Abortion & Free but Flawed Speech

Politico has the story about tomorrow's oral arguments before the Supreme Court on a fascinating case involving an Ohio law that forbids campaign ads from stating things the ads' sponsors know to be false. At issue is an ad campaign directed against then-Congressman Steve Driehaus by the Susan B. Anthony List that claimed Dreihaus supported taxpayer funded abortions because he voted for the Affordable Care Act. The trial court held that, on its face, the ACA does not provide such funding. The Supreme Court could dodge the bigger issues by deciding SBA does not have standing to being the suit, but I hope the justices decide the case on the merits. Our Congress and the states regulate all sorts of products, insisting that advertising be based on truthful claims. But, political speech is different, not only because the Roberts' court thinks money is speech and that tons of it does not corrupt the political system. Stay tuned.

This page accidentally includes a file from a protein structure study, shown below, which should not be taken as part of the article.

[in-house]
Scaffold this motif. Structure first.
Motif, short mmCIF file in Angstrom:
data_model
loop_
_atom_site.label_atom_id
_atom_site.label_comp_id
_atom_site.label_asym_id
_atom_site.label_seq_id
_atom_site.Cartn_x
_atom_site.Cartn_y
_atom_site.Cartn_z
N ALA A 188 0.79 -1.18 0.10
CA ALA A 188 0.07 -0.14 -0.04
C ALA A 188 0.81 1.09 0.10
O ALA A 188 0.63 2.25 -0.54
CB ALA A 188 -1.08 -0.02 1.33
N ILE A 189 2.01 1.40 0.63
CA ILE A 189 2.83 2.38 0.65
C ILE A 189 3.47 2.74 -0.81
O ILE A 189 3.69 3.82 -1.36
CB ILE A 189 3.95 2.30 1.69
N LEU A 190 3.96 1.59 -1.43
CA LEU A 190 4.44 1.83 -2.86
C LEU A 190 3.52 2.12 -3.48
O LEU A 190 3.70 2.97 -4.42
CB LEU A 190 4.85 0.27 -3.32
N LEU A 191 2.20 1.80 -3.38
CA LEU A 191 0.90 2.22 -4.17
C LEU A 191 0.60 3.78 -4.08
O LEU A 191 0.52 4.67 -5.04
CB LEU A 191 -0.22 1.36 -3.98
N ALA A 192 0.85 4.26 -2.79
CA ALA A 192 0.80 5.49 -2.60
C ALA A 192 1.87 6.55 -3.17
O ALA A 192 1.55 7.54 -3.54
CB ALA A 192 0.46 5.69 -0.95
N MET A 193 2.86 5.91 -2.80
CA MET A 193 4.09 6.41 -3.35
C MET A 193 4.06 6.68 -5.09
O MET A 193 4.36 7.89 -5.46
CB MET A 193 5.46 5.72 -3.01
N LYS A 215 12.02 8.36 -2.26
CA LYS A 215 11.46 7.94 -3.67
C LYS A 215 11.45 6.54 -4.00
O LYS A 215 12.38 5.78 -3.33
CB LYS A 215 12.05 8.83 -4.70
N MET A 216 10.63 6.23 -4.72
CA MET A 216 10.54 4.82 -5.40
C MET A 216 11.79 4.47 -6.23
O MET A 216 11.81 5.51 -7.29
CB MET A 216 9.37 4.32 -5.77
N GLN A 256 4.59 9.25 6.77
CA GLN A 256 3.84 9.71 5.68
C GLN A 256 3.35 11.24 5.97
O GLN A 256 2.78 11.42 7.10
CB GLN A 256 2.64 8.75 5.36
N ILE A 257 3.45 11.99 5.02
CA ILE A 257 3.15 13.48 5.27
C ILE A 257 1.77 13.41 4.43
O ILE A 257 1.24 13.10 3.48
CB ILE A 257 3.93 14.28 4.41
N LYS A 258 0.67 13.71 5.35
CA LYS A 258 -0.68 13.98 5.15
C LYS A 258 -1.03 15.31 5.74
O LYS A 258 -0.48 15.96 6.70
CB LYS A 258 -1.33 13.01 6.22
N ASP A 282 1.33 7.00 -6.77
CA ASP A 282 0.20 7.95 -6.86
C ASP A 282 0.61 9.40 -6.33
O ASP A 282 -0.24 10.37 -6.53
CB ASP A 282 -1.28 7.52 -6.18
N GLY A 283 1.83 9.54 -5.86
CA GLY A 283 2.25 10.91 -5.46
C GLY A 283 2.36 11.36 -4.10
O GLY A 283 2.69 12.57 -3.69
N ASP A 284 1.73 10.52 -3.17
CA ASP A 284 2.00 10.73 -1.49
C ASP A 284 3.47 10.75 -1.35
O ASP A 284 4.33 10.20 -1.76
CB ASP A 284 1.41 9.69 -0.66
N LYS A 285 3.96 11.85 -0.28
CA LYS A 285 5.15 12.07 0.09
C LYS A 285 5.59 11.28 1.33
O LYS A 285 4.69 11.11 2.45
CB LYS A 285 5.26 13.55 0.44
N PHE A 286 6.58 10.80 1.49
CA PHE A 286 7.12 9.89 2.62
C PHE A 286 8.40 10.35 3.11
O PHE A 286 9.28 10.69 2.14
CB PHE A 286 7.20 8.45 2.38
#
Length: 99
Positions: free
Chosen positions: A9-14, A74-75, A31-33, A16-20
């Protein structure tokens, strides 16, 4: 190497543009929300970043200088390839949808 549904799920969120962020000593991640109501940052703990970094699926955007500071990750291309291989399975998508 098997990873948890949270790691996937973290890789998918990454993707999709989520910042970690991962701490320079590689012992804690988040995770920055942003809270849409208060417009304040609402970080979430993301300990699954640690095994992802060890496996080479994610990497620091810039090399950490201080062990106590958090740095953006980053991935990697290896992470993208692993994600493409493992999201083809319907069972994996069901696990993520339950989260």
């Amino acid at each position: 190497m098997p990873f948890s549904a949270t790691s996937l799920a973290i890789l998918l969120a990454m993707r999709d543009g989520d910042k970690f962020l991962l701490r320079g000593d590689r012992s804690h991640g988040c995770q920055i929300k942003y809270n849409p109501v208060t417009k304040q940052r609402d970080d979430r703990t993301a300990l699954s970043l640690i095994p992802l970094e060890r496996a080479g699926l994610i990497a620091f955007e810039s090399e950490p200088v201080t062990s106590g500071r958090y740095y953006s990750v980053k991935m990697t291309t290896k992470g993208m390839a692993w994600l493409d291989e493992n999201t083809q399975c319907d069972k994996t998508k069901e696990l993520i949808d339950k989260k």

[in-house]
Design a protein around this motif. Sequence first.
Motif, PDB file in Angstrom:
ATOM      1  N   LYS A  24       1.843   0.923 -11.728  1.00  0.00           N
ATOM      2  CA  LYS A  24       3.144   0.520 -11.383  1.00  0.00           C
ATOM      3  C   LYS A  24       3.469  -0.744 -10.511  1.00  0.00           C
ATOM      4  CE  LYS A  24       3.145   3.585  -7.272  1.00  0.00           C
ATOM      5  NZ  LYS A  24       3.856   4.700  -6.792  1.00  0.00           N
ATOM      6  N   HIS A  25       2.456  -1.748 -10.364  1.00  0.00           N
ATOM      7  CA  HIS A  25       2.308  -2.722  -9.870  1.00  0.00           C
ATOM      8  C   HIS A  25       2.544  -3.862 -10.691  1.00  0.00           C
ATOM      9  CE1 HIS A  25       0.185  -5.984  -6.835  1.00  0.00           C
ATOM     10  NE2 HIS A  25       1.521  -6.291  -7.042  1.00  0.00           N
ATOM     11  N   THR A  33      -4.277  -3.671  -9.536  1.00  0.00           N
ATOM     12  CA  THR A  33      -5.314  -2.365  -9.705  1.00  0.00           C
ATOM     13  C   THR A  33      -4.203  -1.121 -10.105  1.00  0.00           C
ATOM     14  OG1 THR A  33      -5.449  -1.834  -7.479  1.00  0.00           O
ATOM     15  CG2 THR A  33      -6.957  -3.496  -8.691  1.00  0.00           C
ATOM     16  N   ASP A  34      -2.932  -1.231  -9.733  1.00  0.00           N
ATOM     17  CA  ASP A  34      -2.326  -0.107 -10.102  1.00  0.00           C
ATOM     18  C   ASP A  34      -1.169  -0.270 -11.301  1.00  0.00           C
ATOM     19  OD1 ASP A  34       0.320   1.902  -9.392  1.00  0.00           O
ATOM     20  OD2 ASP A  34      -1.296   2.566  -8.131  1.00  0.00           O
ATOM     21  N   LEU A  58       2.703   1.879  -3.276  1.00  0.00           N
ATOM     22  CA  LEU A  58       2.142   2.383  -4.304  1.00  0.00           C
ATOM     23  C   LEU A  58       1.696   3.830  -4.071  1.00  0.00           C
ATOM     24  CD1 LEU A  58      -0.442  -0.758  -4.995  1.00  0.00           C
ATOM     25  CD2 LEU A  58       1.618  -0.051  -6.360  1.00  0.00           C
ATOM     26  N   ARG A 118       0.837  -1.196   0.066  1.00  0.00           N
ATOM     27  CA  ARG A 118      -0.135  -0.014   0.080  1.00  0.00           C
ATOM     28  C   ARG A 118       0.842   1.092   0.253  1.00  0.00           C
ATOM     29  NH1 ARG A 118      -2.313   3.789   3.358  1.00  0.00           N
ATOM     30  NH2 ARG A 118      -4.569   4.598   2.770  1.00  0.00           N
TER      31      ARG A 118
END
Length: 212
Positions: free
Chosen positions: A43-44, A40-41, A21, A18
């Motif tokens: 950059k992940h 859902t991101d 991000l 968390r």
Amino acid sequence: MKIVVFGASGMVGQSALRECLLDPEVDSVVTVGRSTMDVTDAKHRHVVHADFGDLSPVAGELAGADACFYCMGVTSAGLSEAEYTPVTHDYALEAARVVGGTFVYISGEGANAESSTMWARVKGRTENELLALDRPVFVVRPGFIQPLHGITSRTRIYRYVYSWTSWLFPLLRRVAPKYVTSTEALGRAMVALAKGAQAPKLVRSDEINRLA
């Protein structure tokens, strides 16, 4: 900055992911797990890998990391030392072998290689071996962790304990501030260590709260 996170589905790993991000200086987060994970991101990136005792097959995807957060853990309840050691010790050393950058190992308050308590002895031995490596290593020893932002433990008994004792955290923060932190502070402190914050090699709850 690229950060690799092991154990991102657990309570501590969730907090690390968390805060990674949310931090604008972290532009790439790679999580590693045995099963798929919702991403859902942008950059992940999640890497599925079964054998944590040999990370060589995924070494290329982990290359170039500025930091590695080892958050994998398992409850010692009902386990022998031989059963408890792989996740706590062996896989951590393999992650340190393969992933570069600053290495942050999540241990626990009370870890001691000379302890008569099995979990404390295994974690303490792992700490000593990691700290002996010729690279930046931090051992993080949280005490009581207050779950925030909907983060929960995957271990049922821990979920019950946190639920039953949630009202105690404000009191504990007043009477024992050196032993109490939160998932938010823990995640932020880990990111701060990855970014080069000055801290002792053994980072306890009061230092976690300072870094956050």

Support independent reporting on important issues.

 One family graphic_2016_250x103.jpg

Show comments

NCR Comment code: (Comments can be found below)

Before you can post a comment, you must verify your email address at Disqus.com/verify.
Comments from unverified email addresses will be deleted.

  • Be respectful. Do not attack the writer. Take on the idea, not the messenger.
  • Don't use obscene, profane or vulgar language.
  • Stay on point. Comments that stray from the original idea will be deleted. NCR reserves the right to close comment threads when discussions are no longer productive.

We are not able to monitor every comment that comes through. If you see something objectionable, please click the "Report abuse" button. Once a comment has been flagged, an NCR staff member will investigate.

For more detailed guidelines, visit our User Guidelines page.

For help on how to post a comment, visit our reference page.

Commenting is available during business hours, Central time, USA. Commenting is not available in the evenings, over weekends and on holidays. More details are available here. Comments are open on NCR's Facebook page.